A first recess 26 is defined in the end wall 16 adjacent the side wall 18. The first recess has a planar base portion 28 and planar side walls 30, 32 and 34. While the recess may be rectangular in shape, it is preferable that one of the side walls 36 be arcuate.
As may best be seen in FIGS. 1, 4 and 5 the side wall 18 has defined in it a second recess 38 and a third recess 40. The second recess 38 is preferably located centrally on the side wall 18 and extends from the first recess 26 to the third recess 40. As may be best seen in FIG. 4, the second recess 38 has a predetermined depth D and a predetermined width W defined by an arcuate wall 42. The outermost edges of the recess 38 have linear ridges 44, 46 to define an opening 48 which is narrower than width W. While the second recess may be square or rectangular, the preferred shape is circular as shown in FIG. 4. The length of the second recess 38 is identified as L in FIG. 1.
The third recess 40, as may be seen in FIG. 5, is defined by an arcuate wall 50 to have a depth D' and a width W'. As may be seen in FIG. 1 the height of the third recess 40 is identified as L'. While the shape of the third recess may be rectangular or square, it is preferred, as shown in FIG. 5, that it be substantially semicircular.
In comparing the sizes of the second and third recesses it will be noted that the width W' of the third recess 40 is greater than the width W of the second recess 38 and that the depth D' of the third recess 40 is greater than the depth D of the second recess 38. The second recess 38 and the third recess 40 taken together constitute a means to support a hanger device.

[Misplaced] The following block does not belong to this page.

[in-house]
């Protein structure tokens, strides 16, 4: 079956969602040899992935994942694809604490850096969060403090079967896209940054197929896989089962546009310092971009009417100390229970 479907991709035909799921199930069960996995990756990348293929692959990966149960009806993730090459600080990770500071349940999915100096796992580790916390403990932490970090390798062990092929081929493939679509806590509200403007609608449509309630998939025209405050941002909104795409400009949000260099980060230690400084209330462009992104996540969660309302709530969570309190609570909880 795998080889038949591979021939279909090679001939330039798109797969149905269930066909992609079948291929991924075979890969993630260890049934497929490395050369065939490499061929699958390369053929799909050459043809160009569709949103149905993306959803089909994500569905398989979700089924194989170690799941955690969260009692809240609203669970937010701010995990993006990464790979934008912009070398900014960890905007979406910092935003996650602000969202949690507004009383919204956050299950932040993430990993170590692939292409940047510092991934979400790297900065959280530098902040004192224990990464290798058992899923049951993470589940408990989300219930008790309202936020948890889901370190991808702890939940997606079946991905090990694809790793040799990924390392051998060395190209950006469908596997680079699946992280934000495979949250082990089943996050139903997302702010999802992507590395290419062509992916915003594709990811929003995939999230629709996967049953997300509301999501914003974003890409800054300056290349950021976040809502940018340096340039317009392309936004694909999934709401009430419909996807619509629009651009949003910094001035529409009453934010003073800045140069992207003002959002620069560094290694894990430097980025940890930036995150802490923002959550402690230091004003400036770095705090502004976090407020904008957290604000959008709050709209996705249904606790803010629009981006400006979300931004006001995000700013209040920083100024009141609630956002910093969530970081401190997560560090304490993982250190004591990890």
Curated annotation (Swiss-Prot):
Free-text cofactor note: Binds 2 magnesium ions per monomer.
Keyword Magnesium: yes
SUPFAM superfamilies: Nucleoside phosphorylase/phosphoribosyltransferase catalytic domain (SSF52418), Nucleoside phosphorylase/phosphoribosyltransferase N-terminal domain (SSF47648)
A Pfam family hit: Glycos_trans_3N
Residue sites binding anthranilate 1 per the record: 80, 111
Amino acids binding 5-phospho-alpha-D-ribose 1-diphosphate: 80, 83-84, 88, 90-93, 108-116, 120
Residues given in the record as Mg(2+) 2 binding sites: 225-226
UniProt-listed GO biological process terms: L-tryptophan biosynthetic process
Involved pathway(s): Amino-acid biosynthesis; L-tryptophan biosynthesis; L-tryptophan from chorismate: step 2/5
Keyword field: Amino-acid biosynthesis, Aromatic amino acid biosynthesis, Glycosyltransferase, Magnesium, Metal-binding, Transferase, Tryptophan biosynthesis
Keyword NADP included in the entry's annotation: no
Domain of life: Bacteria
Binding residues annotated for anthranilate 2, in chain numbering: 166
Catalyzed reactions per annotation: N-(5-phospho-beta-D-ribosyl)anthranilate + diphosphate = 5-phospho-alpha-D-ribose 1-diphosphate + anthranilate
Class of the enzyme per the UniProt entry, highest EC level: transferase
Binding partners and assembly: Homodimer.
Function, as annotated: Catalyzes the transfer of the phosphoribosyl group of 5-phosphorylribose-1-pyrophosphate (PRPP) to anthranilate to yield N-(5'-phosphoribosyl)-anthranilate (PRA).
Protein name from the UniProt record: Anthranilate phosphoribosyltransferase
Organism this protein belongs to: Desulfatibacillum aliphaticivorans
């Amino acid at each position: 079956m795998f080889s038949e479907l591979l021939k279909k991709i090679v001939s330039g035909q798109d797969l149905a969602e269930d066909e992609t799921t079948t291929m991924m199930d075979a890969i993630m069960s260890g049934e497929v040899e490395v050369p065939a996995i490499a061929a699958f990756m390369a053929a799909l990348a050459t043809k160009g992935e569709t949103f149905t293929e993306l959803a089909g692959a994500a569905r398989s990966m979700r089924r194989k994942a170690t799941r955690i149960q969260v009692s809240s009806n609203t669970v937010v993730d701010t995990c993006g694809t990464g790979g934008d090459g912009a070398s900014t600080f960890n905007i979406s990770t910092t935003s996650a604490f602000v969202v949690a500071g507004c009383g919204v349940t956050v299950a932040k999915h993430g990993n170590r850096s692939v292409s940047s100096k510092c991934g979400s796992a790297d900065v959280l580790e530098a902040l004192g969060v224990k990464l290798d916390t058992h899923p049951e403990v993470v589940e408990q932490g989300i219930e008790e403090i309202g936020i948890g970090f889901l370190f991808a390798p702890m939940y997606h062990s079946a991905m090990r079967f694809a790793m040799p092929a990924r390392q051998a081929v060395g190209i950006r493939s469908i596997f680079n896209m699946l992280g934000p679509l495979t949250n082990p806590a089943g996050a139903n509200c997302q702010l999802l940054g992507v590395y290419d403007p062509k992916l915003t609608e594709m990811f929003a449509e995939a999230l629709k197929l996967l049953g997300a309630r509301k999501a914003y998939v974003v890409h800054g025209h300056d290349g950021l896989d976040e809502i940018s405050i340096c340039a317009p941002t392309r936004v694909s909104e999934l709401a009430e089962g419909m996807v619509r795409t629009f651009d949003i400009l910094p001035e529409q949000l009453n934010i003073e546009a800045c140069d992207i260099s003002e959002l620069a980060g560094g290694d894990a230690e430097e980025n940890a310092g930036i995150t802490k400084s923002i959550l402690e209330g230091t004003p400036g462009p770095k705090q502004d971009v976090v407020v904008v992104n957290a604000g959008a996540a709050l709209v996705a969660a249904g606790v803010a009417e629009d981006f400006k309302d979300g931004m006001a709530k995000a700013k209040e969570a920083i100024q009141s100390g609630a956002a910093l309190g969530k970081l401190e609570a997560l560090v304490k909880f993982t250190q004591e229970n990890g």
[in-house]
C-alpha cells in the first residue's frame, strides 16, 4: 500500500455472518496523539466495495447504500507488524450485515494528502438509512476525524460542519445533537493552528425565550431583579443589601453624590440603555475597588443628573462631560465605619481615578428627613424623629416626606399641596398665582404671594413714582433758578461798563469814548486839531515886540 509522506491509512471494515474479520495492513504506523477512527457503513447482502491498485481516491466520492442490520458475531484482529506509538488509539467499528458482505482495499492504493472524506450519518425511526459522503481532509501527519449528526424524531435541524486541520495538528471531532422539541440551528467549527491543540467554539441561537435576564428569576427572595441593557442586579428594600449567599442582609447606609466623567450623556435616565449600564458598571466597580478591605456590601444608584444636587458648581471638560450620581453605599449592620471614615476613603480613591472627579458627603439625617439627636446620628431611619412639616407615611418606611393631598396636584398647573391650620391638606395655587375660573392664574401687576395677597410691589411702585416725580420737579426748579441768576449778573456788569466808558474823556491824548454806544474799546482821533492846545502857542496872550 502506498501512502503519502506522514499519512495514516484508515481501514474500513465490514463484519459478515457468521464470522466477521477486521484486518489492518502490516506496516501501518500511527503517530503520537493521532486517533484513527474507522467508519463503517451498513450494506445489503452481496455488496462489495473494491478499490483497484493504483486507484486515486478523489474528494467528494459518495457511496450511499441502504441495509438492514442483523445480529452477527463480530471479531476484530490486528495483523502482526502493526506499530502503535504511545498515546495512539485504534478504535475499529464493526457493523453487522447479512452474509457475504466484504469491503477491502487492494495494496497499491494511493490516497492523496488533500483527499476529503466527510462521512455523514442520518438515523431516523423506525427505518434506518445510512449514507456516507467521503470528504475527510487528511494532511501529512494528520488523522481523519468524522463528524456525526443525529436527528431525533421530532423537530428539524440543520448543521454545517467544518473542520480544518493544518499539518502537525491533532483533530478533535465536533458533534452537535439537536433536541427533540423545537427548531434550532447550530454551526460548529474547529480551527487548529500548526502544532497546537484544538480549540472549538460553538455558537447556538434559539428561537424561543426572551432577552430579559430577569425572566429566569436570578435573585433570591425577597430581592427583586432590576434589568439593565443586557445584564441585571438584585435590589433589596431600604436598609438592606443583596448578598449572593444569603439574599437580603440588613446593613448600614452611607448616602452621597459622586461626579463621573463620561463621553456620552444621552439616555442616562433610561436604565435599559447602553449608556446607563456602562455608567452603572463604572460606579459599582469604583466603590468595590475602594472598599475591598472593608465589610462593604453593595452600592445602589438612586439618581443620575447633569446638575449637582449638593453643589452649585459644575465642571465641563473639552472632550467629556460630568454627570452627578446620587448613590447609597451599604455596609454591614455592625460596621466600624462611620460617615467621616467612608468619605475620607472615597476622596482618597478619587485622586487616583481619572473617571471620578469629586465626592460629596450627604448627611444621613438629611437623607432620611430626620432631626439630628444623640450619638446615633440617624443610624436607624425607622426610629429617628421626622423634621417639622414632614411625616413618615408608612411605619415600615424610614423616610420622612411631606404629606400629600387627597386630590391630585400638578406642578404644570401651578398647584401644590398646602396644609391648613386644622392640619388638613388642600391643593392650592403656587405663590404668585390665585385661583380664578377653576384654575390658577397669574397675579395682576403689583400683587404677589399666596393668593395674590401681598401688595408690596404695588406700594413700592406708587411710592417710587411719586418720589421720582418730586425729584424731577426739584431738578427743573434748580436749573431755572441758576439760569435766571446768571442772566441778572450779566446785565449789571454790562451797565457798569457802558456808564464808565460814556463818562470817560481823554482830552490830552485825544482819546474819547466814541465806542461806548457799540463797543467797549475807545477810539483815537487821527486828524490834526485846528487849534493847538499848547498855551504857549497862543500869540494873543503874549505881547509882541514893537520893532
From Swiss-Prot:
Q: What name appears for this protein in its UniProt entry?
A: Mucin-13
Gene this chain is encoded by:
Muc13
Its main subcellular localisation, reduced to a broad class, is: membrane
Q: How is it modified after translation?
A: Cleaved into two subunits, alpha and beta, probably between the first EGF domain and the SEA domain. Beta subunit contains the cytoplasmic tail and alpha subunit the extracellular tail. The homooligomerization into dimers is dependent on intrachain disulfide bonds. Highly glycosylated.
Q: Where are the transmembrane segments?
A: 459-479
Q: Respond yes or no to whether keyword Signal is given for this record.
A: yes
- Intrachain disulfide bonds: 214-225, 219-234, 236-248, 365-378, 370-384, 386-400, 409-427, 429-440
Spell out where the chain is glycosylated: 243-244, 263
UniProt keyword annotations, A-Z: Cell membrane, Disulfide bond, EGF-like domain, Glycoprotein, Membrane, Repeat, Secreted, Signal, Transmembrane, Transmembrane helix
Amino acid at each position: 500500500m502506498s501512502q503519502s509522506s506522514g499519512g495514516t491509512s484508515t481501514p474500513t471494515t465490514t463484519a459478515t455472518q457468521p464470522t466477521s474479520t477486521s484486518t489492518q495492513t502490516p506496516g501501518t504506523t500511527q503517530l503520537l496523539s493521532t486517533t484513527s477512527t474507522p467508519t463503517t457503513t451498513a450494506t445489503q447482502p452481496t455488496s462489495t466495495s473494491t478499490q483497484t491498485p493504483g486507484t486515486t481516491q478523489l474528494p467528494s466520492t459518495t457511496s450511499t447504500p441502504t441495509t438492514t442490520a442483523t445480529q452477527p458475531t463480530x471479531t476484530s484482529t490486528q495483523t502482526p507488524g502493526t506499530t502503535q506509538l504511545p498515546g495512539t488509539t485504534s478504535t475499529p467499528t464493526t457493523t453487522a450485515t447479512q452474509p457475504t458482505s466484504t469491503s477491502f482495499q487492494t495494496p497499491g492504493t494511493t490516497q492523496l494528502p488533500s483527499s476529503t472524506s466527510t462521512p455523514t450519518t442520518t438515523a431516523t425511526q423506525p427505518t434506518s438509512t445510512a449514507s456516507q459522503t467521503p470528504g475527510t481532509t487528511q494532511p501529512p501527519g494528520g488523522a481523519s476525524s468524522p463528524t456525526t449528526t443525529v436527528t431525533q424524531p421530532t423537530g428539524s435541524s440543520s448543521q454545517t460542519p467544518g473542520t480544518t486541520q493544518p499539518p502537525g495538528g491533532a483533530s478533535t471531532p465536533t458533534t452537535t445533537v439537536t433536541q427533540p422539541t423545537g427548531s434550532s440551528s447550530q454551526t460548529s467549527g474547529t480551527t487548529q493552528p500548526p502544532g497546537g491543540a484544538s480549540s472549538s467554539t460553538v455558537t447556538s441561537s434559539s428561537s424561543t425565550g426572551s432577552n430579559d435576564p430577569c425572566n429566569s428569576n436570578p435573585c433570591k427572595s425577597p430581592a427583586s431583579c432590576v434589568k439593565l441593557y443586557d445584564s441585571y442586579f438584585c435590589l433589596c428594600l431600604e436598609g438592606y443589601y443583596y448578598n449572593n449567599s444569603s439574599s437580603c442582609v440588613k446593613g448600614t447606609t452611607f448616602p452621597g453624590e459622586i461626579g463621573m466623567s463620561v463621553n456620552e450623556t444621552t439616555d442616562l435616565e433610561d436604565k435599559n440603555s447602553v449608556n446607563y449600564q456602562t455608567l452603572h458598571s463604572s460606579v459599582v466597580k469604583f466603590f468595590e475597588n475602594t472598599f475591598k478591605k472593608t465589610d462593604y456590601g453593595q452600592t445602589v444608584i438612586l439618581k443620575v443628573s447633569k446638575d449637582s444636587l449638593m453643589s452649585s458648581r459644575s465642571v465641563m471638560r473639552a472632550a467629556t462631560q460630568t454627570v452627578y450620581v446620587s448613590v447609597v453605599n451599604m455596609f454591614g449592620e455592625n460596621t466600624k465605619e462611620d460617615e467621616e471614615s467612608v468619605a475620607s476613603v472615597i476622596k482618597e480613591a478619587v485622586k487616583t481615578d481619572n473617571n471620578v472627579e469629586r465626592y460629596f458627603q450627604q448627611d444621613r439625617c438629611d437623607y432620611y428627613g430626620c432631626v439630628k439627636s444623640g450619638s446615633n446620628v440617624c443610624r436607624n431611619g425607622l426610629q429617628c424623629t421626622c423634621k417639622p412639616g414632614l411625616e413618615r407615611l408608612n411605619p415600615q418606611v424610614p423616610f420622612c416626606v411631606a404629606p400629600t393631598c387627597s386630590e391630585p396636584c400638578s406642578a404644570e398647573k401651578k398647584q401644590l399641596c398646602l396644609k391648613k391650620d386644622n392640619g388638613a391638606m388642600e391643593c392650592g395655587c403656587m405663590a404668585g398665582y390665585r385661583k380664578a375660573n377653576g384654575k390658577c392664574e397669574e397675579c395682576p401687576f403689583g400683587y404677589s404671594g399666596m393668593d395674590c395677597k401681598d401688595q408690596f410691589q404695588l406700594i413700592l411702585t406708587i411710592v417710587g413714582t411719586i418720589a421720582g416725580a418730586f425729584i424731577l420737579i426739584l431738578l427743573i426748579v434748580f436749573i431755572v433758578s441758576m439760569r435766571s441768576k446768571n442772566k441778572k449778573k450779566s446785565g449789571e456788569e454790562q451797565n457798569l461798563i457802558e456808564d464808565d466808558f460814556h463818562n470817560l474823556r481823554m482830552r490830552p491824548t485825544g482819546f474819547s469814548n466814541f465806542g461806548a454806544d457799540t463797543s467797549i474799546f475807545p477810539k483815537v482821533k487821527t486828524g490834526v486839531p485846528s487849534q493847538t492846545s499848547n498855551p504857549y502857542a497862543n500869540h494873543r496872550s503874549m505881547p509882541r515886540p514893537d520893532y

The hanger device 52, as may be seen in FIGS. 1 and 2, is made up of a first planar portion 54, a cylindrical shaft 56 and a flange 58. The cylindrical shaft 56 is eccentrically connected to the first planar portion 54. In the embodiment of FIGS. 1 and 2, the planar portion is a substantially flat, rectangular member, having upper planar portion 60 and lower planar portion 62, and side walls 64, 66, 68 and 70. Preferably the height of the side walls 64, 66, 68 and 70 is substantially equal to the height of the side walls 30, 32, 34 and 36 of the first recess 26. Therefore in the preferred embodiment, the upper planar portion 60 is substantially even with the surface of the end wall 16. This feature enhances the stability of the container when stored in an upright position prior to use.